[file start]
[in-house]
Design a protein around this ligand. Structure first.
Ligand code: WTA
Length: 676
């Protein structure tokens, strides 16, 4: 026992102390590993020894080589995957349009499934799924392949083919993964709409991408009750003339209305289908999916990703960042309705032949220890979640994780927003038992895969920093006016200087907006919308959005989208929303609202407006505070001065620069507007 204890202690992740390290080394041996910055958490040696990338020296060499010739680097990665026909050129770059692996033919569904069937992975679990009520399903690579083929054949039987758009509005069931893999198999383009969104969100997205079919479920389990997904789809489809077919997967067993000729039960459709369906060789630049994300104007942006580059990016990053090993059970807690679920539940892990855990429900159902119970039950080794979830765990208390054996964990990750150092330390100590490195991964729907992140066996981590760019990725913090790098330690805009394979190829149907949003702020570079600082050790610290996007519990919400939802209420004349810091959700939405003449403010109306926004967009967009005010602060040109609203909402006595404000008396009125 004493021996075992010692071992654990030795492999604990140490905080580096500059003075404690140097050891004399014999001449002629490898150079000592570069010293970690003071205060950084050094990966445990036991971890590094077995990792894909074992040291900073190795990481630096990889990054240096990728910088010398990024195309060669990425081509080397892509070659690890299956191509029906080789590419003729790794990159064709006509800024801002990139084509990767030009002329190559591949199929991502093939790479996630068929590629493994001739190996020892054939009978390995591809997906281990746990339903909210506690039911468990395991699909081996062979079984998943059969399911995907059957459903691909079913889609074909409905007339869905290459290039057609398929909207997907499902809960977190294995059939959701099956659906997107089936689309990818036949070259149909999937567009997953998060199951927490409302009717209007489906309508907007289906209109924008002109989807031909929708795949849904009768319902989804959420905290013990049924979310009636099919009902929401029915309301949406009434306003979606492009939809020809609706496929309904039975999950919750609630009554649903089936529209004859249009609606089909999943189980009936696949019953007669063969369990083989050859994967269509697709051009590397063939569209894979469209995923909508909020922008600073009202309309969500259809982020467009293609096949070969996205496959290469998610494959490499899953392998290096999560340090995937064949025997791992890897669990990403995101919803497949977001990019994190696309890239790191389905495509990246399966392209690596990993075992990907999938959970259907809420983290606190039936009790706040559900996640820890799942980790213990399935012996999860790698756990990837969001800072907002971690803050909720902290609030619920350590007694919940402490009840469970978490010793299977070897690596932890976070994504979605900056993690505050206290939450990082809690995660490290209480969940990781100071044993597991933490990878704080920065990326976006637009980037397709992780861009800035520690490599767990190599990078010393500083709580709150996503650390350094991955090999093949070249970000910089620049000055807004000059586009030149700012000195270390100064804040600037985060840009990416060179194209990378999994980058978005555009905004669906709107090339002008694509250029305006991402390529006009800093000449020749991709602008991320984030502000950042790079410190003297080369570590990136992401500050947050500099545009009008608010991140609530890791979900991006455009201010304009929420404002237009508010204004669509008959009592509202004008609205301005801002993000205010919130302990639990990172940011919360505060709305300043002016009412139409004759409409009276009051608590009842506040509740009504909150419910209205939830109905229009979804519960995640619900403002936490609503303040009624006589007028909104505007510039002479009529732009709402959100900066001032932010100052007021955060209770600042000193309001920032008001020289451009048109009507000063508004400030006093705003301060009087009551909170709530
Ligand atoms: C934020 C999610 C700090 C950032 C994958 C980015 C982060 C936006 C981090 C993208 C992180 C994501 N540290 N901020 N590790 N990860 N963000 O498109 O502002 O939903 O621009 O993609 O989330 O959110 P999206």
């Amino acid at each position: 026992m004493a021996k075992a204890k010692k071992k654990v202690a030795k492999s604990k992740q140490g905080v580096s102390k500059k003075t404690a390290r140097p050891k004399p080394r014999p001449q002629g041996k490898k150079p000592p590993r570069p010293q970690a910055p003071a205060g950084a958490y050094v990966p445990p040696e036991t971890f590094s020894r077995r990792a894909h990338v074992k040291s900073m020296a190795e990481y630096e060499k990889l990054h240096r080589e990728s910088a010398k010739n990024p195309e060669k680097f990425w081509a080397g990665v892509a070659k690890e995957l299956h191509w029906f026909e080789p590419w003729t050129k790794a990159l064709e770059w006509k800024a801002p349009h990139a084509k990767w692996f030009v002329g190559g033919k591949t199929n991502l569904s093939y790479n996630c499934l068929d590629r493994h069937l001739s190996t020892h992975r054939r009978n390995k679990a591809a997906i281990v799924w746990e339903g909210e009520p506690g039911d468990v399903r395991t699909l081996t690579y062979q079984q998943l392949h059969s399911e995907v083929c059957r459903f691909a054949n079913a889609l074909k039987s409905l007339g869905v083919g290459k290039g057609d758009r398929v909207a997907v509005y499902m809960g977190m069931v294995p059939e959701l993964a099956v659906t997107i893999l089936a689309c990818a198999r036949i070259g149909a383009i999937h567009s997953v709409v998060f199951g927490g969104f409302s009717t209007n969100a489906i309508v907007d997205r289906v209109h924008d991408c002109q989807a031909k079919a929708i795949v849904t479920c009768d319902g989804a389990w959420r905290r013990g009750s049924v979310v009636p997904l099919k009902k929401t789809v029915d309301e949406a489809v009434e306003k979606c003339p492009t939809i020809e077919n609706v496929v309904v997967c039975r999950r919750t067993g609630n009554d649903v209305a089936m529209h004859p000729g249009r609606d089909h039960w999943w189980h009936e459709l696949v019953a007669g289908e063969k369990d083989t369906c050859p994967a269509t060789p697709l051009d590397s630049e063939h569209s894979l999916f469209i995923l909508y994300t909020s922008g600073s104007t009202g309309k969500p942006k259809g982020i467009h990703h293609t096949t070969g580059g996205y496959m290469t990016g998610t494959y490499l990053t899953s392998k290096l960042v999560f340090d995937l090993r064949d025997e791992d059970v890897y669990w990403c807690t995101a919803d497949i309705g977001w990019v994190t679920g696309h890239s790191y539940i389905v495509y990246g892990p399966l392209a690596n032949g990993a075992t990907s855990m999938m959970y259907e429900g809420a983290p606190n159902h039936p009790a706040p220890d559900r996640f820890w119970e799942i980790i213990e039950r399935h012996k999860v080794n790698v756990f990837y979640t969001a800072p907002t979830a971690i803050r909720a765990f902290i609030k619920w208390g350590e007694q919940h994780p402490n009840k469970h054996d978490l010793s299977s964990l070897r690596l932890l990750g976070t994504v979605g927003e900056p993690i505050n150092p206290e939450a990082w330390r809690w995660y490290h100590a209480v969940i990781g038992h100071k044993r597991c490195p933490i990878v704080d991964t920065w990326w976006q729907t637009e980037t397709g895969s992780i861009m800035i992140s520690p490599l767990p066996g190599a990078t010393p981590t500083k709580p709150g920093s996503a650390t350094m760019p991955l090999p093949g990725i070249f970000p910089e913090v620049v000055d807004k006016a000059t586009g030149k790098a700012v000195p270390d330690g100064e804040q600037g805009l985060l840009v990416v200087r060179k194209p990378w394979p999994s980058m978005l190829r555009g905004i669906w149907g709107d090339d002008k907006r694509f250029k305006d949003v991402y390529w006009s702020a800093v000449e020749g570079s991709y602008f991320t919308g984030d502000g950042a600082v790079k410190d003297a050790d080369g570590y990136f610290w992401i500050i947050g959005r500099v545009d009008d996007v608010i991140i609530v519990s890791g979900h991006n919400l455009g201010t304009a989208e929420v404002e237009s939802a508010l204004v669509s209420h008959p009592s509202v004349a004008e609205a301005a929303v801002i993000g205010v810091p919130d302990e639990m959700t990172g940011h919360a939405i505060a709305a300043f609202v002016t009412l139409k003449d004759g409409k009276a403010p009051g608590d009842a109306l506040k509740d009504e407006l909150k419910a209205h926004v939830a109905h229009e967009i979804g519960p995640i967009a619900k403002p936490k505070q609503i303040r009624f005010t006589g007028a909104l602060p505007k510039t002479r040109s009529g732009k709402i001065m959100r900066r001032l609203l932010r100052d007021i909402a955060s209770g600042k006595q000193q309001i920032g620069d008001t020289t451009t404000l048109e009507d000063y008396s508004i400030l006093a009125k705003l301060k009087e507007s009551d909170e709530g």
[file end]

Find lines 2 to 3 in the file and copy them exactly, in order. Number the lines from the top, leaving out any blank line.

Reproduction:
Design a protein around this ligand. Structure first.
Ligand code: WTA